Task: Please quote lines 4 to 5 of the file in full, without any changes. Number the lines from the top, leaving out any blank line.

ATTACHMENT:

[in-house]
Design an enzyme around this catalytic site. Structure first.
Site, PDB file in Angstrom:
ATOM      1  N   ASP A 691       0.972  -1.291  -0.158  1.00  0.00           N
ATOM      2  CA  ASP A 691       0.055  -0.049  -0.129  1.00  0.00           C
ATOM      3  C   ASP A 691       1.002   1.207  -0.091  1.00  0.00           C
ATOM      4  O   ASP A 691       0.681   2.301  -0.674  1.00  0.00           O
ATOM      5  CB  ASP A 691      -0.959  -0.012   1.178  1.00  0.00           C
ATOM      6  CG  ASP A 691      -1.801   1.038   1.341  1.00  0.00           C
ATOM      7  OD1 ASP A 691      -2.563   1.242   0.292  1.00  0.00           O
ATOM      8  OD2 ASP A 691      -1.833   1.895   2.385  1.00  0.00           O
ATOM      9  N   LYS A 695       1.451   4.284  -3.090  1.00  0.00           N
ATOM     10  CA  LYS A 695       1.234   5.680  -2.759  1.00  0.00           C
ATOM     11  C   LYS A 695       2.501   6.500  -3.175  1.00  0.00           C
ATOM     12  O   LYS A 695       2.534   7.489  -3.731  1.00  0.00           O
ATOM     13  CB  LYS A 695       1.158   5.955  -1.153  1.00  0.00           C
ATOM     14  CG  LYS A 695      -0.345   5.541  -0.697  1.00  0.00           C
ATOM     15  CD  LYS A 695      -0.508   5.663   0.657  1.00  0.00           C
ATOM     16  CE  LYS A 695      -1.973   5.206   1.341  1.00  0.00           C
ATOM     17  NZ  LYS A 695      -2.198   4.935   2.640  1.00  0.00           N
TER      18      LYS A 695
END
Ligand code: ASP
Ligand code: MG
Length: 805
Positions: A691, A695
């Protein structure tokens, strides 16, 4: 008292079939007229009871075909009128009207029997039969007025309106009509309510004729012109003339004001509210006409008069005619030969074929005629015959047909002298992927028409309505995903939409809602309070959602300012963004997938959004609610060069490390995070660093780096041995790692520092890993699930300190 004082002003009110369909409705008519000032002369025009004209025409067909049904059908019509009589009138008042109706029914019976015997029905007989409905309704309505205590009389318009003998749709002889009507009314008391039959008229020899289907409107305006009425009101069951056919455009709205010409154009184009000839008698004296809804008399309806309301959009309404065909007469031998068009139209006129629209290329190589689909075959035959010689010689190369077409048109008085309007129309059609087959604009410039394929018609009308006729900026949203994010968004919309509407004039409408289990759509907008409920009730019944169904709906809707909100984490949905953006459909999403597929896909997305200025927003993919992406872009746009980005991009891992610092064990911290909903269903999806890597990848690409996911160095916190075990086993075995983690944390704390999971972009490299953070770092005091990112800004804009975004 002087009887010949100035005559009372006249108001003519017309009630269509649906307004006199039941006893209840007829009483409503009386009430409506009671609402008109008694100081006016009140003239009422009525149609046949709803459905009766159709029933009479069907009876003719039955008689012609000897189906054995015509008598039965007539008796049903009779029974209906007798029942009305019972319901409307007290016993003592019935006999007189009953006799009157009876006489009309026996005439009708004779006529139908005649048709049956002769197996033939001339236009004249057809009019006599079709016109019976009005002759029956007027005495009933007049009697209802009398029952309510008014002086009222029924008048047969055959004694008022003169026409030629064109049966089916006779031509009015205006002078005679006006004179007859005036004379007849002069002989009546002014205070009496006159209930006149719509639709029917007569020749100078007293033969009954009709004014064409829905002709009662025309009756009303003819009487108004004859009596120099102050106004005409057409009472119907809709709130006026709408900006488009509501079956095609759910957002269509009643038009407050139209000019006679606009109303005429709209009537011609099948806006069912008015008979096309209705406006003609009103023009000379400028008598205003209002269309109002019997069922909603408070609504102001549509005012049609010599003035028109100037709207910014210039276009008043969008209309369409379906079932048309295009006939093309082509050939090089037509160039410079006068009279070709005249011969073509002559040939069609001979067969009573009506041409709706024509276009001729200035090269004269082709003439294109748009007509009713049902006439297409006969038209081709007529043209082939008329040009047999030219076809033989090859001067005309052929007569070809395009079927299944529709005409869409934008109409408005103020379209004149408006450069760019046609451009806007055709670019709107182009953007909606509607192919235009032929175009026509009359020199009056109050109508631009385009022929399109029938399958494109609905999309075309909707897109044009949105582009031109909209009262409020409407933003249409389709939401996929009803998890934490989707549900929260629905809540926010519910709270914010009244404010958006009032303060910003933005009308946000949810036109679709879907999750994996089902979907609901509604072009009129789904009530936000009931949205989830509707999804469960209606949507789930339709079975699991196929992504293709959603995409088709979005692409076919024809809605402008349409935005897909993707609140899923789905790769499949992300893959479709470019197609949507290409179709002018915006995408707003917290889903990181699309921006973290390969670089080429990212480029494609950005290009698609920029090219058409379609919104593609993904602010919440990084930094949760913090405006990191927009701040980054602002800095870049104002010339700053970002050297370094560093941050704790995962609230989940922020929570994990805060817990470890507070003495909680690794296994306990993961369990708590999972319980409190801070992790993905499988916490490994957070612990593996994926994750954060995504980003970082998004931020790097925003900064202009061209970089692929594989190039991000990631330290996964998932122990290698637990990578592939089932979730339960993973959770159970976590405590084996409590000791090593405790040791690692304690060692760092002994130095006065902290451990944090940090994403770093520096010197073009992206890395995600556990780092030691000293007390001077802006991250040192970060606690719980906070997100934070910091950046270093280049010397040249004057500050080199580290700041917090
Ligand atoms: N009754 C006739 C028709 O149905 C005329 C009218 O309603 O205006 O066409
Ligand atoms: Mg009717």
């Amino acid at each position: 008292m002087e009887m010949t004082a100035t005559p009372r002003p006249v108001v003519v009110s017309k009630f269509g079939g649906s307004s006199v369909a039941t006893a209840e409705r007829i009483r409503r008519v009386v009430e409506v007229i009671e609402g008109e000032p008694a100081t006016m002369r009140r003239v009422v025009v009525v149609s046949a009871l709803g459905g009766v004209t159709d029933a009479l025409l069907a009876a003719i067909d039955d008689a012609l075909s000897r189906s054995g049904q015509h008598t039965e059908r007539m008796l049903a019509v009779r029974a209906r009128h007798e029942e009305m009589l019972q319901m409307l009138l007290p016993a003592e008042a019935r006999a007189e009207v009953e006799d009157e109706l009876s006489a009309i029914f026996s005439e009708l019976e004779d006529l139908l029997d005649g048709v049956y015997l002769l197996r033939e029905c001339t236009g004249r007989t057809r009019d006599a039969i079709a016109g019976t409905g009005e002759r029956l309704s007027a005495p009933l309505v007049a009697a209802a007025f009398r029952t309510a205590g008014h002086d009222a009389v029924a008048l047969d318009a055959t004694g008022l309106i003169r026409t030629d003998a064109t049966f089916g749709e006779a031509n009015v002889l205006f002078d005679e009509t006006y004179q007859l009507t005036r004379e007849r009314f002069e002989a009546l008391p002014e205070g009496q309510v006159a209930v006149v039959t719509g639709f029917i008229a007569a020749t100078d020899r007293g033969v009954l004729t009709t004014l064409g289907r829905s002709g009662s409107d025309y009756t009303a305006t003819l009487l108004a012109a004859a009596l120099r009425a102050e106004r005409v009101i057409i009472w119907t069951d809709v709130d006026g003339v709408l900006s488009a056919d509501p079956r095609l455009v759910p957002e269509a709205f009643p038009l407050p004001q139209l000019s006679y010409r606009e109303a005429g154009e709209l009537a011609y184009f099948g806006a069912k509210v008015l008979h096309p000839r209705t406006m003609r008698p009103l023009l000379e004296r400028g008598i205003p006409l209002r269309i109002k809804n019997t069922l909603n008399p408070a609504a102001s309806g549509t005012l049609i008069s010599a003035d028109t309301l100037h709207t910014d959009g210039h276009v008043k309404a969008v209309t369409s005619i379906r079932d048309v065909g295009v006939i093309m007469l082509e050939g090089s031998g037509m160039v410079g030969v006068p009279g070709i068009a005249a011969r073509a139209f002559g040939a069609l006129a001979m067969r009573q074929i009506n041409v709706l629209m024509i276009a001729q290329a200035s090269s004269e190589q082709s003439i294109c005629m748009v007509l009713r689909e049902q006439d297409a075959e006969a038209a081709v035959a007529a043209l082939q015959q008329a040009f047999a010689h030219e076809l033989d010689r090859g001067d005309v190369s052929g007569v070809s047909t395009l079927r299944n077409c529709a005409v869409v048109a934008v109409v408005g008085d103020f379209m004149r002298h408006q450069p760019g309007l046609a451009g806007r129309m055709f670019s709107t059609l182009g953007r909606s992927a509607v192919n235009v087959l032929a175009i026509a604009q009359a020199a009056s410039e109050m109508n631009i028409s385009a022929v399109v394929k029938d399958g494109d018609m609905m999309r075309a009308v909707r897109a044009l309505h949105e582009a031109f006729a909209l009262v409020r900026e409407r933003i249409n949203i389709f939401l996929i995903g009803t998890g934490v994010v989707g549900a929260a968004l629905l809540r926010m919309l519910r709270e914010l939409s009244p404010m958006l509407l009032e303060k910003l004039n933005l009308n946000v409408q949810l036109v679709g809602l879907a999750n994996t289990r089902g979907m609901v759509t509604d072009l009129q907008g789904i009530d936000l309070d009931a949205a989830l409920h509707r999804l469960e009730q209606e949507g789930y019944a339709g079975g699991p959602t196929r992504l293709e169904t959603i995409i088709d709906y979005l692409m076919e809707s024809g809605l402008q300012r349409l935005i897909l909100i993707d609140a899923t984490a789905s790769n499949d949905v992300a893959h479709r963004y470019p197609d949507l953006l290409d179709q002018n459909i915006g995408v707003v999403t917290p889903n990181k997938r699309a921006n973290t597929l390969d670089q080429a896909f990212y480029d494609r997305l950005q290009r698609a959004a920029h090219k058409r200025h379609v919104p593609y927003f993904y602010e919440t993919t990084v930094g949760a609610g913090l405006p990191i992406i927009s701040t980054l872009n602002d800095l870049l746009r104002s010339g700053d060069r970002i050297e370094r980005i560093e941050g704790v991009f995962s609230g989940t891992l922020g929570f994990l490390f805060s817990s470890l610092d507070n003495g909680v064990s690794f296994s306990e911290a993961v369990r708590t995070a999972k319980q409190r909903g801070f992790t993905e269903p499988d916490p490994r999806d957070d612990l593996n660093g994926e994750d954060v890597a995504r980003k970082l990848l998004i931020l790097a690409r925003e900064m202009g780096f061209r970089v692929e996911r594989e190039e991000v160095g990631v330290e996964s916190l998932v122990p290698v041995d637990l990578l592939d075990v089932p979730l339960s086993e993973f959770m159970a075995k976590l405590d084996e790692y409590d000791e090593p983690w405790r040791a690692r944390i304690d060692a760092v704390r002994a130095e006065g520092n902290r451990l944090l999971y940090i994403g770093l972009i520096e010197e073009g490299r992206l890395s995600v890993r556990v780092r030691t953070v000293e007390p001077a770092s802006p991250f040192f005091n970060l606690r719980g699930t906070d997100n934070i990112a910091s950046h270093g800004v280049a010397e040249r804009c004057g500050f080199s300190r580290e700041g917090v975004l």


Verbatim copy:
ATOM      1  N   ASP A 691       0.972  -1.291  -0.158  1.00  0.00           N
ATOM      2  CA  ASP A 691       0.055  -0.049  -0.129  1.00  0.00           C